by Jeremy Young | 6/14/2008 05:41:00 PM
Via Independent Political Report, Blogger Peter Orvetti posts old interviews with 2000 Presidential candidates John Hagelin (Natural Law Party) and the late Harry Browne (Libertarian). The Browne interview contains this interesting tidbit:

ORVETTI: As far as national television goes, I know you'd planned to run ads nationally this year. Are they up now?

BROWNE: Yes, we've had ads running since the Libertarian convention [in early July]. They're running on national cable channels like CNN, Headline News, Nick at Nite -- we had some on the Weather Channel, where they've done very well. And I think they've been successful, judging from the increased traffic to our website. In July we had just a few thousand hits less than Bush's site, and far more than Gore. (emphasis mine)


Wait a minute. If Browne is to be believed, Bush had more hits to his campaign website in 2000 than did Gore. For anybody who follows American politics today, that's pretty shocking. For instance, this cycle I'm pretty sure Hillary Clinton got more hits to her website during the primary than McCain will get during the entire campaign. The idea that McCain could get more hits than Obama is just absurd. Ditto for Kerry in 2004, who tapped into Howard Dean's national network of Internet activists to raise more money than Bush, the first time a Democratic presidential nominee had outraised a Republican in a generation.

So, what happened? Dean happened, of course. But the amazing thing about the Dean movement is that it was largely spontaneous, just like the Ron Paul movement of 2008. The more important question is: why did Dean happen? And why did Dean happen on the Internet, of all places, which appears to have been Republican territory as recently as 2000?

Any thoughts, readers?

[Update] On a somewhat related note, does anybody remember what the precedent for this was? Here's a hint.

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6 Comments:


Blogger iampunha on 6/14/2008 8:05 PM:

A few thoughts, actually.

"In July we had just a few thousand hits less than Bush's site, and far more than Gore."

This to me does not necessarily mean anything about 2000 overall, but merely July. The difference between "In July" and "As of July" or "Up through July" could be pretty significant.

Assuming there were massive hits to the minor party Web site, a few points:

1) If you're not getting traditional media coverage, go to another medium.

2) If you are getting traditional media coverage, you might not be thinking about ways to get more coverage.

3) If you're taking campaign advice from Bill Clinton, who currently does not use a Blackberry or check his e-mail, you're going to be seriously hampered in your technology use.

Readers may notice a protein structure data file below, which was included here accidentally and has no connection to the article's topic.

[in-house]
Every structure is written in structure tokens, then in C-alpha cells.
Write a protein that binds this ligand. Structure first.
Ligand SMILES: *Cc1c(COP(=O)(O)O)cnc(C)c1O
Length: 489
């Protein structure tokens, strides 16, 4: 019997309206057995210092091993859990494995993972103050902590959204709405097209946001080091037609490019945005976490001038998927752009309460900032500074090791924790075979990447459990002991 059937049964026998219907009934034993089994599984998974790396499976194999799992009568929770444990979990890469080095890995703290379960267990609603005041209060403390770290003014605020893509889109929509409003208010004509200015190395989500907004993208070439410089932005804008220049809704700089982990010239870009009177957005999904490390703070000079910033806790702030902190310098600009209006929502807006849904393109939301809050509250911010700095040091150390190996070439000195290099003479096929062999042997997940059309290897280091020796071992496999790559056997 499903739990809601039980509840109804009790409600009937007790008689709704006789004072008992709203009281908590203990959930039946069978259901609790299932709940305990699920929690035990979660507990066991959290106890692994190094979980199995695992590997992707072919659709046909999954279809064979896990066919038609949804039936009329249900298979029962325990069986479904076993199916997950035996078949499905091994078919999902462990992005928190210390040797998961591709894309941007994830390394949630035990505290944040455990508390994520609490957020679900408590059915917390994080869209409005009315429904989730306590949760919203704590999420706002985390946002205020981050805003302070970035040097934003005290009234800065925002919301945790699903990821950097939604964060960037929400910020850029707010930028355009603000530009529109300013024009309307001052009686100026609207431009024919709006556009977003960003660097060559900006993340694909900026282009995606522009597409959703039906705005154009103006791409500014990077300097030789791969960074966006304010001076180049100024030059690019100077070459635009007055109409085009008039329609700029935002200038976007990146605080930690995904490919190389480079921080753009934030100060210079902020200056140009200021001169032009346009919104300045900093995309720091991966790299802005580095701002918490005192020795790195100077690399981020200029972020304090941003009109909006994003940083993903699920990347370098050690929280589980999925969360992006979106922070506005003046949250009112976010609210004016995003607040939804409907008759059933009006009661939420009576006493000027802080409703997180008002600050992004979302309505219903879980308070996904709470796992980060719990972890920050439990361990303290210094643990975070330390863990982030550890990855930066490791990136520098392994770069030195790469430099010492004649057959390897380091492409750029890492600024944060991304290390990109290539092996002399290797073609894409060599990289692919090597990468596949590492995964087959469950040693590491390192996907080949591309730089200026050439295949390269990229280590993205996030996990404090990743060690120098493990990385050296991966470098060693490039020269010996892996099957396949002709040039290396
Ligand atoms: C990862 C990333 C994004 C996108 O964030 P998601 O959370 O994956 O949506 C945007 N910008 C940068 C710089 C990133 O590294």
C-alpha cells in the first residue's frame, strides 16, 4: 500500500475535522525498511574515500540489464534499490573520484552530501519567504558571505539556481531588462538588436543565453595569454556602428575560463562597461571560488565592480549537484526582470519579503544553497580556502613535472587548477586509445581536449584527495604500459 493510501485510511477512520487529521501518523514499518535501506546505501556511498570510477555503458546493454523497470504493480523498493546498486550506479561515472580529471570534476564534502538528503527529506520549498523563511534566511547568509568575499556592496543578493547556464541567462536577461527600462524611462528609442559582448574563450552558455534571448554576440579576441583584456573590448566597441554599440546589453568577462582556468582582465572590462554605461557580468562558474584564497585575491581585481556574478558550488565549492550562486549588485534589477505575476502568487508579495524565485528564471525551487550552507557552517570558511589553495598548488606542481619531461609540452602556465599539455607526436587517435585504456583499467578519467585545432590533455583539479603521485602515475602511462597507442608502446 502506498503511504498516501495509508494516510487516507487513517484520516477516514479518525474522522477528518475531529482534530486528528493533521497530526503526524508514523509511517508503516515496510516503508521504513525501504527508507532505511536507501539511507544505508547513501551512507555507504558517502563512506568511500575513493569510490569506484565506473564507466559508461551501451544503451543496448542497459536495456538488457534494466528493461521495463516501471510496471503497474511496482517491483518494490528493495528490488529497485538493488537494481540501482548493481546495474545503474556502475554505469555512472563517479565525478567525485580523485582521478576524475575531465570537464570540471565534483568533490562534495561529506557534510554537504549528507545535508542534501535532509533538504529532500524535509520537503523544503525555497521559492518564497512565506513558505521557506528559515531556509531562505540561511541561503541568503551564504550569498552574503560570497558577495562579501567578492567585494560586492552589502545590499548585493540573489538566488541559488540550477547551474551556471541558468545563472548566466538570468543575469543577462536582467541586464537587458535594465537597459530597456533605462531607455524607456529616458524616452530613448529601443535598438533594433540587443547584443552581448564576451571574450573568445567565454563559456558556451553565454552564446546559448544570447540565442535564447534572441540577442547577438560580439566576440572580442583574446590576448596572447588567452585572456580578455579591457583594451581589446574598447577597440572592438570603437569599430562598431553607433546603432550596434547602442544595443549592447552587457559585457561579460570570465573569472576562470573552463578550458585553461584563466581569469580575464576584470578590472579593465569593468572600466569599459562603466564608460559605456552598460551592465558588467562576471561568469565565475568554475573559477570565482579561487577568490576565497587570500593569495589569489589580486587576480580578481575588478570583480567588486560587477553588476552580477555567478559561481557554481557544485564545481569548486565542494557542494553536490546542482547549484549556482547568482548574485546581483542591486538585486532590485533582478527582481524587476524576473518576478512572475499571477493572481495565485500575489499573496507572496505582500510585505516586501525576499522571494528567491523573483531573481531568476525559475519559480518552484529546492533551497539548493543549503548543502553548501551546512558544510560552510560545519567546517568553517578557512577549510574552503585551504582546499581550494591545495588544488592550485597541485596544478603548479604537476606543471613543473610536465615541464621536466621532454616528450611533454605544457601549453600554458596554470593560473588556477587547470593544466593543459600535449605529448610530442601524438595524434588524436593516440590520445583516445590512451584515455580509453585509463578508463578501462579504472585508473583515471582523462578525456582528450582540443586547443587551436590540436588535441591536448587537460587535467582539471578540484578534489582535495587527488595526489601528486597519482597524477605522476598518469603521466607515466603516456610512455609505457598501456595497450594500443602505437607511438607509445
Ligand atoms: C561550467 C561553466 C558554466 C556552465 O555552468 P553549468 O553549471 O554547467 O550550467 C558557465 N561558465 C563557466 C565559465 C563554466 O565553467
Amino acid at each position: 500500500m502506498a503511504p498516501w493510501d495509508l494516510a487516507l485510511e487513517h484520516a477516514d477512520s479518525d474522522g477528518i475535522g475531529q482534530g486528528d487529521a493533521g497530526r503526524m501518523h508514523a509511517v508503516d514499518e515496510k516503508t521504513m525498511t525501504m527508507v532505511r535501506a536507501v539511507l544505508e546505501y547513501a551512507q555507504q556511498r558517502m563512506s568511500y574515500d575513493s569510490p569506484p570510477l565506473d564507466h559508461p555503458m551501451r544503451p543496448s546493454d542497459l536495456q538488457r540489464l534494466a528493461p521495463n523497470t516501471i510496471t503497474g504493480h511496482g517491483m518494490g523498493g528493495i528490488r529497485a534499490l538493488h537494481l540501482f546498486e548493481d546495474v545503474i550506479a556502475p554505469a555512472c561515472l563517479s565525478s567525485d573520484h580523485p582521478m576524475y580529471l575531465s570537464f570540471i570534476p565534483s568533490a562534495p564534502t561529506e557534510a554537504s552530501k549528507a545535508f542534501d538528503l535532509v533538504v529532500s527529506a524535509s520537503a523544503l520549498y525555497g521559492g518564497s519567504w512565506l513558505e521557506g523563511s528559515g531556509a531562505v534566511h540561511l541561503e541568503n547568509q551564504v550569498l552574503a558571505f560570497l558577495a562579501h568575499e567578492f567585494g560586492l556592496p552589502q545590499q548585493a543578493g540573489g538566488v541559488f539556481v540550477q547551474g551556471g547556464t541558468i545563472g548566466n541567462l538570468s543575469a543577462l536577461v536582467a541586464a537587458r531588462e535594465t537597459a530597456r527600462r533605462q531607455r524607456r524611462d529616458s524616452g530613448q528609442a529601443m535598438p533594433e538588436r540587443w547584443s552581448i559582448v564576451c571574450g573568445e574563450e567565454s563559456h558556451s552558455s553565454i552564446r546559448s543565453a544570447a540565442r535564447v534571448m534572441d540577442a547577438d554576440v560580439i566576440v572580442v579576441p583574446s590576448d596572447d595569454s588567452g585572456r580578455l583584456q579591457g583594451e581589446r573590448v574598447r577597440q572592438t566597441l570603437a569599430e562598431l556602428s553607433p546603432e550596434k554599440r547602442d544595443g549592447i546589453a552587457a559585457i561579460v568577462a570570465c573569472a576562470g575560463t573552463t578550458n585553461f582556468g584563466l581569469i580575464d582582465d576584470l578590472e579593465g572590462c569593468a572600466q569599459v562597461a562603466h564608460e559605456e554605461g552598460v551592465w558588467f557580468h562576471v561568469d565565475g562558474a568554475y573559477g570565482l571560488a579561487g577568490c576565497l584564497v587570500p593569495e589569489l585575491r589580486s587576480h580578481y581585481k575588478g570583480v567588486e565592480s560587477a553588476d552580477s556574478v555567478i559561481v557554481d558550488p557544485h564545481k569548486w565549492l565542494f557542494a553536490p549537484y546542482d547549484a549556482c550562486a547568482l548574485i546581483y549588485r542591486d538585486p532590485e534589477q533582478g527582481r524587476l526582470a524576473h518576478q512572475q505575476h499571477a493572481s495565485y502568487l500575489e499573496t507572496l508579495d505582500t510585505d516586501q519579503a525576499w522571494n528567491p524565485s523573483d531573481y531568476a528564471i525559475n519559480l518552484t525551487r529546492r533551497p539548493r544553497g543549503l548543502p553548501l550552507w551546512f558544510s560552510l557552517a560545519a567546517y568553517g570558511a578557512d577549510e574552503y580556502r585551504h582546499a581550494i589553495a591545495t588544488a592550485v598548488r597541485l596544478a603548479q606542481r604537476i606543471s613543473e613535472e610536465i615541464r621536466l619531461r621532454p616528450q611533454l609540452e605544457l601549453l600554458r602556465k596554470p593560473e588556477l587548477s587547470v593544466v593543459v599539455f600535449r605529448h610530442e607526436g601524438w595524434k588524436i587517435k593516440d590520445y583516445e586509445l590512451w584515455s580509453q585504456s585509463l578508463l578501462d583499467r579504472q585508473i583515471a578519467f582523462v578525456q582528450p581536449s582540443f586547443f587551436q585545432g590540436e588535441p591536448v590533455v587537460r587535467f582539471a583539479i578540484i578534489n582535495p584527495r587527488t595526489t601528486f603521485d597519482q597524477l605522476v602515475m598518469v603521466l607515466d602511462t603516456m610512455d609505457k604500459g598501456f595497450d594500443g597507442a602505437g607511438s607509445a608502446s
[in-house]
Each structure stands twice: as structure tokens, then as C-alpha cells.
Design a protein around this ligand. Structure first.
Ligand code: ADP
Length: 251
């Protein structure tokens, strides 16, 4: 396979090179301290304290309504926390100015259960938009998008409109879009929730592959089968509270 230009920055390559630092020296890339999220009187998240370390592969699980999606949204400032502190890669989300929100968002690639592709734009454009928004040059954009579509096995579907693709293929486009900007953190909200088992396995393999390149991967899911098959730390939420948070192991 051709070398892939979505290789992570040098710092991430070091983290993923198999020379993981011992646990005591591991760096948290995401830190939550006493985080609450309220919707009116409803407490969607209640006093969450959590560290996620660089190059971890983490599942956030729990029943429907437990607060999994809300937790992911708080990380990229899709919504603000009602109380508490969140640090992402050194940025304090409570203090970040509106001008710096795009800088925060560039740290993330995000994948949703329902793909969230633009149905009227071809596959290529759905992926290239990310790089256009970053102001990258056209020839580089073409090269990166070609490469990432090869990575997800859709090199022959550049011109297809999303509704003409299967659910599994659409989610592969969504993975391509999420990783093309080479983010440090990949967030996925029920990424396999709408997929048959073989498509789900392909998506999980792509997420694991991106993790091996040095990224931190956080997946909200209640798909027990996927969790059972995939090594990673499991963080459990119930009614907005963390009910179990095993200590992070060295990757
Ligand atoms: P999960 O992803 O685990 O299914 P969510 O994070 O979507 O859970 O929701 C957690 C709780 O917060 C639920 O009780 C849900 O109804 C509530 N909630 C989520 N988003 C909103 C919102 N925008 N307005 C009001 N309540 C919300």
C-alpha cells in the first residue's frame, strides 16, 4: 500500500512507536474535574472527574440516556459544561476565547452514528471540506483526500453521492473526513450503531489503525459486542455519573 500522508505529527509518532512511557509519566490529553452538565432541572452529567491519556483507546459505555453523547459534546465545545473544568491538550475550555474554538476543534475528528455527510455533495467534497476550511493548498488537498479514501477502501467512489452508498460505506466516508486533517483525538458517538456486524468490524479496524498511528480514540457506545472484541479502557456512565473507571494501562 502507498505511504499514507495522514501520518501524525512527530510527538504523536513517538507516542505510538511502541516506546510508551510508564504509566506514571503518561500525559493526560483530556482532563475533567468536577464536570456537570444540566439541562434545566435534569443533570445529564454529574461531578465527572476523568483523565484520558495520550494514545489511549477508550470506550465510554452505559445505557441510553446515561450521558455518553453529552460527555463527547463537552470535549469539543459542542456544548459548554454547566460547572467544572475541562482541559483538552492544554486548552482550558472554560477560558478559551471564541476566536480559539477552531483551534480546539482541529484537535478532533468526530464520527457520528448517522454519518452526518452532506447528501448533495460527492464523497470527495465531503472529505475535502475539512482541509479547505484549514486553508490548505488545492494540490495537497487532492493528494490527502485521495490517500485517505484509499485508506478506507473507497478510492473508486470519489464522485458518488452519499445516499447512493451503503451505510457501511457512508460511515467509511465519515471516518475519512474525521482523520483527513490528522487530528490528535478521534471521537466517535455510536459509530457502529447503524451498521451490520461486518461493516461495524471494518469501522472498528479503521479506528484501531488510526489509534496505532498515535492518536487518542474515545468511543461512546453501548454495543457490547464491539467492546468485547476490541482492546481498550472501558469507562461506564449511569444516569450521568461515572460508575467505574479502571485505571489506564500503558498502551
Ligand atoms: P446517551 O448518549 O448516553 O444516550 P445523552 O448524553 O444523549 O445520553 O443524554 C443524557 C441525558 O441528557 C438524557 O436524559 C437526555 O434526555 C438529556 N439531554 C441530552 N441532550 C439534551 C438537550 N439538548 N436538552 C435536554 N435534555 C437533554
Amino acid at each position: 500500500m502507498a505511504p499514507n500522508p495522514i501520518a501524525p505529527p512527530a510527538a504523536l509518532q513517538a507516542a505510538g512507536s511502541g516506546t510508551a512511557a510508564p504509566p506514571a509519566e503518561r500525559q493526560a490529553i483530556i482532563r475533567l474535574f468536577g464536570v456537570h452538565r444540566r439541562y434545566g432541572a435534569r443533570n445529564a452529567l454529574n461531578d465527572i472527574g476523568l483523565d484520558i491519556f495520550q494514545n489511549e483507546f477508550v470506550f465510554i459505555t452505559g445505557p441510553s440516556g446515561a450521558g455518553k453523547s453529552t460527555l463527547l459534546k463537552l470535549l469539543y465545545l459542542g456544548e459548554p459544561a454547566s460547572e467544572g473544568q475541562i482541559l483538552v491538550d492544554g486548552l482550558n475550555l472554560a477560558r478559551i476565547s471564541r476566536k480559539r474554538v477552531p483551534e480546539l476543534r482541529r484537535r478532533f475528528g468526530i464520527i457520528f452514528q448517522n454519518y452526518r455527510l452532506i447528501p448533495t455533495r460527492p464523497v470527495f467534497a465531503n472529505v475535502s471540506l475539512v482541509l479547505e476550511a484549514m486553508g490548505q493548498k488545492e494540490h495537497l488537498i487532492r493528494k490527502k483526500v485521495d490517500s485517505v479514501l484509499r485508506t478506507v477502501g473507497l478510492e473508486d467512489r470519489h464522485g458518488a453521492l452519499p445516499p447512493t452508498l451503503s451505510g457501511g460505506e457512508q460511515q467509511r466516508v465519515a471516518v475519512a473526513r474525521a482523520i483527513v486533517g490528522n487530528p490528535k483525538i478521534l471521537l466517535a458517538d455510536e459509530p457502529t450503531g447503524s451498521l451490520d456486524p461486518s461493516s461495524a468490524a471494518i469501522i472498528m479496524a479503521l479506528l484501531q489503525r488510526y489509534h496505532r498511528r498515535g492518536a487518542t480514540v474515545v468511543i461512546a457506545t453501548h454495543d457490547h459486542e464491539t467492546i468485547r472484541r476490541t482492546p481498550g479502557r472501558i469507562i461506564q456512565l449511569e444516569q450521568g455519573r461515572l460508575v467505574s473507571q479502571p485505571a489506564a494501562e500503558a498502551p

4) Drudge was one of the bigger nontraditional Internet sites back in the day. This might have caused Gore to shy away from it.

Dean happened because of my first point.

I'd suggest getting more data on the Web site hits of the various sites before seriously advancing the argument.

 

Blogger Jeremy Young on 6/14/2008 9:08 PM:

Good points, though I'm more just bringing it up than advancing an argument. I also recall reading that Gore was particularly tech-savvy, and was addicted to his PalmPilot during the 2000 campaign.

 

Blogger mark on 6/14/2008 11:01 PM:

I think the net/blogosphere tilted toward libertarianism/Right/UMC/Male/Caucasian early on but as connectivity proliferated, internet users began to better mirror the larger population demographically and politically. Greater political balance was inevitable.

 

Blogger mark on 6/14/2008 11:36 PM:

BTW Jeremy - I have tagged you.

http://zenpundit.com/?p=2749

 

Blogger Jeremy Young on 6/15/2008 2:43 AM:

And yet, it's not balanced. The Republicans have failed miserably at achieving any kind of traction on the Net, with the exception of the rEVOLution, which is disowned by many mainstream Republicans. If anything, the online population skews more liberal now than it did libertarian/conservative then.

Why? Why can't the Republicans get masses of people engaged online, when such a process occurred nearly spontaneously for Democrats?

 

Blogger mark on 6/15/2008 5:38 PM:

The Left netroots were partly a spontaneous, bottom-up/Web 2.0 political insurgency born of frustration with their own Dem. leadership & partly carefully seeded by financial deep pockets like Soros and various foundations.

The lack of GOP/Conservative internet parallel is twofold, in my view:

1. Incumbency sapped the feelings of pent-up frustration required to blaze a trail here. I think 2012 will be another story.

2. The GOP regulars have discouraged it. I know one net-savvy young conservative who offered to set some cutting edge things up for the McCain campaign ( for free). No sale, not interested. A GOP netroots means that funding candidates is out of the hands of those who control the party, which in many state orgs is basically a closed shop.

It will happen though next time. Inevitable.